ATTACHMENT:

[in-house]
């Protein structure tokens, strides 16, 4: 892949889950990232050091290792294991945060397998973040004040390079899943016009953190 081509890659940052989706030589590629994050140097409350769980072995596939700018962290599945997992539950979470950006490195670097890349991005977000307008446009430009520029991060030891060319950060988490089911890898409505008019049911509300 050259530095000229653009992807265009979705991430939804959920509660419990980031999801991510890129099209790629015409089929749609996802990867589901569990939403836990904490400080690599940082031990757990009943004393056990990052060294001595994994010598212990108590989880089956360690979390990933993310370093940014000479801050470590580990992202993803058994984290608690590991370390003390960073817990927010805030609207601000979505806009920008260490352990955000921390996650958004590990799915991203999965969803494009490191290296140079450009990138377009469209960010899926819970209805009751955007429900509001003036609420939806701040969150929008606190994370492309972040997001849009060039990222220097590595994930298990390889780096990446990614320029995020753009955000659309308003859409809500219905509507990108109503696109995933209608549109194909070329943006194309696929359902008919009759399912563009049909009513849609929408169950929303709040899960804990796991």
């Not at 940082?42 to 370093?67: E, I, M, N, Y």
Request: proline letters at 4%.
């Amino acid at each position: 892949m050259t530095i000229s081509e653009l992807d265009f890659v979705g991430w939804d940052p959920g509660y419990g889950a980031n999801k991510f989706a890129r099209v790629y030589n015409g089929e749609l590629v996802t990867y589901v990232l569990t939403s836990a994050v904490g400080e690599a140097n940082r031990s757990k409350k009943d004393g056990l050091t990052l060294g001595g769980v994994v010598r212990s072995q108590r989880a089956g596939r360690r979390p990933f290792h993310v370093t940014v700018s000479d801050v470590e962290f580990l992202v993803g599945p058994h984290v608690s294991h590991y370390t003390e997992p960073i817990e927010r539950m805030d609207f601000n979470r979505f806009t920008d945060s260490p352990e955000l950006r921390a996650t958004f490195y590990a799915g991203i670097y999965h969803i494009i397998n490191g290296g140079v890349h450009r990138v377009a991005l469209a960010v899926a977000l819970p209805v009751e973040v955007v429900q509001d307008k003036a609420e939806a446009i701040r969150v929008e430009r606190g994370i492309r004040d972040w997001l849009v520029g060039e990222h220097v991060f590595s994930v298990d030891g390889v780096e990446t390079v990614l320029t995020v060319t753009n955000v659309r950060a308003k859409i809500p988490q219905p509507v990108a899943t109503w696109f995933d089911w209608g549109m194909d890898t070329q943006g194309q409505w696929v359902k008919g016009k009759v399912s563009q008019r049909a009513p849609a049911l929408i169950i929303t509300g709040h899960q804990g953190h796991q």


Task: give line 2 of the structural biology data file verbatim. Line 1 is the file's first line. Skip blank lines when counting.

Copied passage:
């Protein structure tokens, strides 16, 4: 892949889950990232050091290792294991945060397998973040004040390079899943016009953190 081509890659940052989706030589590629994050140097409350769980072995596939700018962290599945997992539950979470950006490195670097890349991005977000307008446009430009520029991060030891060319950060988490089911890898409505008019049911509300 050259530095000229653009992807265009979705991430939804959920509660419990980031999801991510890129099209790629015409089929749609996802990867589901569990939403836990904490400080690599940082031990757990009943004393056990990052060294001595994994010598212990108590989880089956360690979390990933993310370093940014000479801050470590580990992202993803058994984290608690590991370390003390960073817990927010805030609207601000979505806009920008260490352990955000921390996650958004590990799915991203999965969803494009490191290296140079450009990138377009469209960010899926819970209805009751955007429900509001003036609420939806701040969150929008606190994370492309972040997001849009060039990222220097590595994930298990390889780096990446990614320029995020753009955000659309308003859409809500219905509507990108109503696109995933209608549109194909070329943006194309696929359902008919009759399912563009049909009513849609929408169950929303709040899960804990796991």